Beginning in the 1990s, crime rates began a steady three-decade long decline that ended coincidently with the onset of the COVID-19 pandemic, writes criminologist Daniel Nagin of Carnegie Mellon University in a new set of papers published by Arnold Ventures about "the relationship between community safety, the justice system, and reform."
No one has yet provided anything close to a convincing explanation for the interruption of the great crime drop, Nagin says, noting that homicide and auto theft rates increased, while robbery and larceny rates declined still further from their pre-pandemic levels, and the trend in burglary rates remained unchanged.
Without a clear understanding of why some crime types increased as others decreased and still others remained unchanged, sharp shifts in policy are not justified, Nagin contends.
In the past, spikes in crime, or horrific crime incidents, have prompted draconian increases in punishment severity, increases which were not grounded in solid science surrounding their effectiveness. Nagin hopes that mistake will not be repeated.
He worries that the homicide spike might trigger still further unwise policy changes escalating sanctions for violent crime. Increases in already long sentences cannot be justified based on either their deterrent or incapacitation effects.
Such policy responses have resulted in a dramatic increase in the representation of lifers in U.S. prisons, with no material return in improved public safety. In 1984, the number of lifers totaled 34,000, or 4.8 percent of the total state prison population across all 50 states. By 2020, the numbers of lifers had swollen by nearly a factor of 5 to 161,512—12.9 percent of the total state prison population.
Even as the total prison population has modestly declined since 2008, the number of lifers has increased by 13 percent. This is a serious problem, says Nagin. The slow accumulation of lifers in U.S. prisons is turning them into old age homes.
Between 1993 and 2016, the percentage of people aged 50 or older in prison has quadrupled from 5 percent to 20 percent, and the percentage of people 40 or older in prison has more than doubled.
What is an evidenced-based response to the two year-long spike in the homicide rate—a spike that has been concentrated in disadvantaged minority neighborhoods?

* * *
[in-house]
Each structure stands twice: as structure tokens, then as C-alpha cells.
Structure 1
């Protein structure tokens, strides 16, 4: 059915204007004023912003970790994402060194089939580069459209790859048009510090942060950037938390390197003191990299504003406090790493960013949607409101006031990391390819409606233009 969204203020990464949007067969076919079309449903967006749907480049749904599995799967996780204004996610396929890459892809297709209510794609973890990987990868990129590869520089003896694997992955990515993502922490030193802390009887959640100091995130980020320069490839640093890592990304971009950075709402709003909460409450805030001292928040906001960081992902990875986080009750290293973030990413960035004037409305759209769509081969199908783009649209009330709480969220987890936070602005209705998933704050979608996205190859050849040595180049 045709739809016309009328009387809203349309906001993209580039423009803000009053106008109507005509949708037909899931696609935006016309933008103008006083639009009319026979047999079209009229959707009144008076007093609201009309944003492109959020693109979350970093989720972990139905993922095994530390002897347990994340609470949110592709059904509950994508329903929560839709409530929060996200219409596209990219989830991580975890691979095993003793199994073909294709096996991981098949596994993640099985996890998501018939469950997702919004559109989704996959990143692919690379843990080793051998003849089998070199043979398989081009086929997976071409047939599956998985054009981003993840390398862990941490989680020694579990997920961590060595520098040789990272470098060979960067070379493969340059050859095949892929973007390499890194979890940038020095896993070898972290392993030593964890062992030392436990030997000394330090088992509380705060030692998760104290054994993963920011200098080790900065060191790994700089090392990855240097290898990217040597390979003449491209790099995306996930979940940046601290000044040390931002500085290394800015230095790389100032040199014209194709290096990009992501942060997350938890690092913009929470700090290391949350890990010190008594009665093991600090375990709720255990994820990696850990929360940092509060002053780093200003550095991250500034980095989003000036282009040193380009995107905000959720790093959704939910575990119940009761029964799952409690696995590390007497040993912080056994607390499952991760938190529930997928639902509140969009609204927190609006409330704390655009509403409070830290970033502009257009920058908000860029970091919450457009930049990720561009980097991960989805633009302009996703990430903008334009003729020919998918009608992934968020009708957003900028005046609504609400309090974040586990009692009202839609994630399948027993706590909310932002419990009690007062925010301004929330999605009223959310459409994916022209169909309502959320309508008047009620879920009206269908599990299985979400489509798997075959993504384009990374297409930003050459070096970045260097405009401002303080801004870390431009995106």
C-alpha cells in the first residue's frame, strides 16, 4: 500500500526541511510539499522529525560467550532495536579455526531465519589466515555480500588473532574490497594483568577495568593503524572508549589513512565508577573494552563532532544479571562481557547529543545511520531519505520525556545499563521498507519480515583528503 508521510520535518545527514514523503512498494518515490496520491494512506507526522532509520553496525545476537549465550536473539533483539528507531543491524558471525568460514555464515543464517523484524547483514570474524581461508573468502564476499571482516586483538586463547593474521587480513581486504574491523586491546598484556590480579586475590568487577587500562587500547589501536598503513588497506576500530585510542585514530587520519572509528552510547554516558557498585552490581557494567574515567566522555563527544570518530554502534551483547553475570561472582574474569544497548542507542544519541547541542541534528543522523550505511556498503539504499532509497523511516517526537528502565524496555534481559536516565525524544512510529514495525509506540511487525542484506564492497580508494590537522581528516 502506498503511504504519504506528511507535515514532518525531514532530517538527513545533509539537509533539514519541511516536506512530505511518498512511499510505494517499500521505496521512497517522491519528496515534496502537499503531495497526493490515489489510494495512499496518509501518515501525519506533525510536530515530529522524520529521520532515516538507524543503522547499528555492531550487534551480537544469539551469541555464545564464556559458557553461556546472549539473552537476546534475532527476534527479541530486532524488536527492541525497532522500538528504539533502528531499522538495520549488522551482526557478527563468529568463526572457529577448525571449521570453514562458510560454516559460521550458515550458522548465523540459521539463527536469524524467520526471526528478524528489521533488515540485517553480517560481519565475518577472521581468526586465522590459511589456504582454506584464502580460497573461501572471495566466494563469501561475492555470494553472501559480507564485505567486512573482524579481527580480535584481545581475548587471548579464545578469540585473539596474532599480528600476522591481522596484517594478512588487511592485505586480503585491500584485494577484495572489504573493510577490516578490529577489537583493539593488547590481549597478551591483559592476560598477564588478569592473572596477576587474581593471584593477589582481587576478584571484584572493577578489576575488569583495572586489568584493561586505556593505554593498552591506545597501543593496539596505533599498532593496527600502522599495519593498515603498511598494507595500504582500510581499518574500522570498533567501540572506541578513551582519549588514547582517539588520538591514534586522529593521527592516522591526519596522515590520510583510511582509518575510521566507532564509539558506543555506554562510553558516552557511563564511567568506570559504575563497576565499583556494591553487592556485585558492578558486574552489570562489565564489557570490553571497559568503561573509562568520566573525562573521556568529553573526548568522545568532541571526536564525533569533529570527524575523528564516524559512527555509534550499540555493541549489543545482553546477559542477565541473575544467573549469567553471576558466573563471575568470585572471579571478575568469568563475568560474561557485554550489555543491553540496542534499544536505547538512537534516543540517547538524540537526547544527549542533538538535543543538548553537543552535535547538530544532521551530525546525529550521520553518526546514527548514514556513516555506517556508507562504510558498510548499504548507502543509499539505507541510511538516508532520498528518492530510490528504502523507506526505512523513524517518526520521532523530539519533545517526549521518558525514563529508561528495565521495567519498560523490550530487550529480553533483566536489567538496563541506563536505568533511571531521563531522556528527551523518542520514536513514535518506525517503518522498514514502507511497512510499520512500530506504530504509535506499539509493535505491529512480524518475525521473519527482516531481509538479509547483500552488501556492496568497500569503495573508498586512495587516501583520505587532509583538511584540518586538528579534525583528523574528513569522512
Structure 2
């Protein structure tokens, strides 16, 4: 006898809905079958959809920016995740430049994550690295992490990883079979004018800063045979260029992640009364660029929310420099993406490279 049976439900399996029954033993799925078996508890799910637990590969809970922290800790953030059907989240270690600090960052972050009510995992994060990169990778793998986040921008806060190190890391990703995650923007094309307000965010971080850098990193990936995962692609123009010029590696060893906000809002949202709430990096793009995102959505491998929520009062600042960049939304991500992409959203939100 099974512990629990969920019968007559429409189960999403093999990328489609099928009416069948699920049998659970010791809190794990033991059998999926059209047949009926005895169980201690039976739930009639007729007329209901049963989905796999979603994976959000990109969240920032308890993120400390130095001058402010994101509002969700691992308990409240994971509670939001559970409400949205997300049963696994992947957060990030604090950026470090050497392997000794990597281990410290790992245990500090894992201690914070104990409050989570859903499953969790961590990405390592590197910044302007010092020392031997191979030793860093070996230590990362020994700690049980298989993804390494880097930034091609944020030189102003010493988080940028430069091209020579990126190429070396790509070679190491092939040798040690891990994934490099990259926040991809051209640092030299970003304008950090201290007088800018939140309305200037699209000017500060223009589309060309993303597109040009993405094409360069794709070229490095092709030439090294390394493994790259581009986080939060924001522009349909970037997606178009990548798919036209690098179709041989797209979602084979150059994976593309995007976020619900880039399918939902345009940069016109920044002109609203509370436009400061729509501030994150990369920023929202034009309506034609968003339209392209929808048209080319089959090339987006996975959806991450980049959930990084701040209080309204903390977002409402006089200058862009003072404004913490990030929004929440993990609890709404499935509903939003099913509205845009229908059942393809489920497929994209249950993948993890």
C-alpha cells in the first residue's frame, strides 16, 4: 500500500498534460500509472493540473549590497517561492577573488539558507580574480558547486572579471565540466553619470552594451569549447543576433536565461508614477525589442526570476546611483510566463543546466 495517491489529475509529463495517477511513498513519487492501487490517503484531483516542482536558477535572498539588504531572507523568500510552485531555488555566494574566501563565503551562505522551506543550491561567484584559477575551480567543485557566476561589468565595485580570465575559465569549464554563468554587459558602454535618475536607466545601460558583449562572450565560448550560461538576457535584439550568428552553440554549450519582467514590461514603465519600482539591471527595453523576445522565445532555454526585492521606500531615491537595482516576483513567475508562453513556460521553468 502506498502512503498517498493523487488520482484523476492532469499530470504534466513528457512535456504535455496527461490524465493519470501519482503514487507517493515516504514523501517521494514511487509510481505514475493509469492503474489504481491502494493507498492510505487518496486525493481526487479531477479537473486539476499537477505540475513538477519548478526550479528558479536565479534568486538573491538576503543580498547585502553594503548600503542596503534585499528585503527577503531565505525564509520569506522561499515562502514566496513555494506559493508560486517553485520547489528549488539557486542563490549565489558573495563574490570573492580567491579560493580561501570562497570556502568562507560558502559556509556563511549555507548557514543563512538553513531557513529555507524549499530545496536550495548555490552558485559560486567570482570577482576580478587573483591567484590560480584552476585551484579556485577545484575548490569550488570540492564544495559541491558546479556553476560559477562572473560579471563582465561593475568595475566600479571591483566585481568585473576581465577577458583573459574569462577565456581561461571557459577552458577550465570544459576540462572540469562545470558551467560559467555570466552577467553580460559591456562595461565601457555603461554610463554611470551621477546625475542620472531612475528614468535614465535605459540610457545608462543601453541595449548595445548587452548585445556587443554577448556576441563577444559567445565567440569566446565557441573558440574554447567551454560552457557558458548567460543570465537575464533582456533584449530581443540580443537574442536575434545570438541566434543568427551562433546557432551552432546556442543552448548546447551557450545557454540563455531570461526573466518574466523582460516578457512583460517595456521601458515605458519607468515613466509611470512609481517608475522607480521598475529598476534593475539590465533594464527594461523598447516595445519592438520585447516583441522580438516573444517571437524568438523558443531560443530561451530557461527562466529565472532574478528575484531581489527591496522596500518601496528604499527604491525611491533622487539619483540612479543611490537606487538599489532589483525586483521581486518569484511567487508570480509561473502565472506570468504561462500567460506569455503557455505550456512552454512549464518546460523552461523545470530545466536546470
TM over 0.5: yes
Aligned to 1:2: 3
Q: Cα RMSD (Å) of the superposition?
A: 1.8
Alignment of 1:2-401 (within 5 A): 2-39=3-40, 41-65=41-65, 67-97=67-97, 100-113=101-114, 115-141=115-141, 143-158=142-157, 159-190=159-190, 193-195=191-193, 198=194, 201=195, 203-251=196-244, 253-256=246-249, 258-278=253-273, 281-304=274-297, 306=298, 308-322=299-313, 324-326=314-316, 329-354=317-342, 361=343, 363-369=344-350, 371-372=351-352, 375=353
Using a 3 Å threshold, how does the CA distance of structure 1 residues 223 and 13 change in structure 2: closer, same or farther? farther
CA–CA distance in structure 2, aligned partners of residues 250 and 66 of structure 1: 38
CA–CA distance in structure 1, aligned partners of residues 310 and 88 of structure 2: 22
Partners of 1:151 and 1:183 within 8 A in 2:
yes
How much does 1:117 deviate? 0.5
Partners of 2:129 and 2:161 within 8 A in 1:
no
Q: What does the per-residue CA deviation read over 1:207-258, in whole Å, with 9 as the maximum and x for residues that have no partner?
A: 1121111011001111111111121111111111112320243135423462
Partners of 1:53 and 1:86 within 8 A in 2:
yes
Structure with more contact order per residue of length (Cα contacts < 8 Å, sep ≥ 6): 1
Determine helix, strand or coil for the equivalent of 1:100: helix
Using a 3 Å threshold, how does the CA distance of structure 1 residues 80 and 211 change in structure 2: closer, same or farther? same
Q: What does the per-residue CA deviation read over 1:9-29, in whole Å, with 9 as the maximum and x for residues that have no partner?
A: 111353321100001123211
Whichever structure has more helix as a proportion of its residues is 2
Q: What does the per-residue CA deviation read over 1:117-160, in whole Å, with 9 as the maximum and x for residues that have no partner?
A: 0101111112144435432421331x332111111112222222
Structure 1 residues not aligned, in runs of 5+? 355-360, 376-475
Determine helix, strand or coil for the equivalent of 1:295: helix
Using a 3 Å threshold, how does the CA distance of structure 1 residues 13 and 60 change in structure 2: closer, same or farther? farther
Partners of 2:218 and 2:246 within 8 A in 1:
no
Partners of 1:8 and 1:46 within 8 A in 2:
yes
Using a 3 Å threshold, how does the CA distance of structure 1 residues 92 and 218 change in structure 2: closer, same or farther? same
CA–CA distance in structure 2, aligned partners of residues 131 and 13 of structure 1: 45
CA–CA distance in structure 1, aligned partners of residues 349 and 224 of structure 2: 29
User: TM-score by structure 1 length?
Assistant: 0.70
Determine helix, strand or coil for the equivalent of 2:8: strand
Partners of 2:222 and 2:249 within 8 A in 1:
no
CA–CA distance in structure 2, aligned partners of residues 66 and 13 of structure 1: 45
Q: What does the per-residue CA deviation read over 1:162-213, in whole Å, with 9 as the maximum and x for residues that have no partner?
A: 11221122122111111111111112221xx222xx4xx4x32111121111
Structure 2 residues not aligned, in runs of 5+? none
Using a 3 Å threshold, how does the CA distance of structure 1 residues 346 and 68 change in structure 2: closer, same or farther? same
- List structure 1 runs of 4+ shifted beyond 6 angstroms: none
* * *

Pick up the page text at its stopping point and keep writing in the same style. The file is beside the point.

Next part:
Nagin says studies show that police if properly used are effective in preventing crime. One form of intervention, directed patrols, is effective. Directed patrols involve assigning additional officers to high-crime areas at high-risk times and allowing them to focus on proactive investigation and enforcement (e.g., intensified traffic enforcement and field interrogations of suspicious persons).
Directed patrols are effective in curbing gun violence. Directed patrols will not be popular in some circles, Nagin acknowledges, because they require the use of confrontational policing tactics such as stop, question, and frisk and intensified traffic enforcement.
He cites five keys to mitigating the negative consequences of using confrontational policing tactics. First, there must be effective communication with community leaders and institutions such as religious and merchant groups.
Second, police operations should be coordinated with non-police community-based interventions intended to interrupt or diffuse the sources of violence of the violence in public spaces, for example gang rivalries.
Third, It is imperative that the duration of the operation be short-term. Once the spike has subsided the operation must be wound down. Its continuation should not be rationalized as necessary to averting reoccurrence of violence.
Fourth, directed patrols must be used in a targeted fashion, unlike the City of New York Police Department’s controversial broad based use of stop, question and frisk.
Fifth, confrontational policing must be seen as a last resort tactic that is used only when use of other non-confrontational policing tactics have been tried and found to be ineffective.
Nagin's conclusion: Crime control policy in the last decades of the 20th Century was largely guided by the misperception that mass incarceration was an effective and socially efficient policy for preventing crime. It is not. Gradually, there has been a growing recognition that police, if properly deployed, were effective in preventing crime.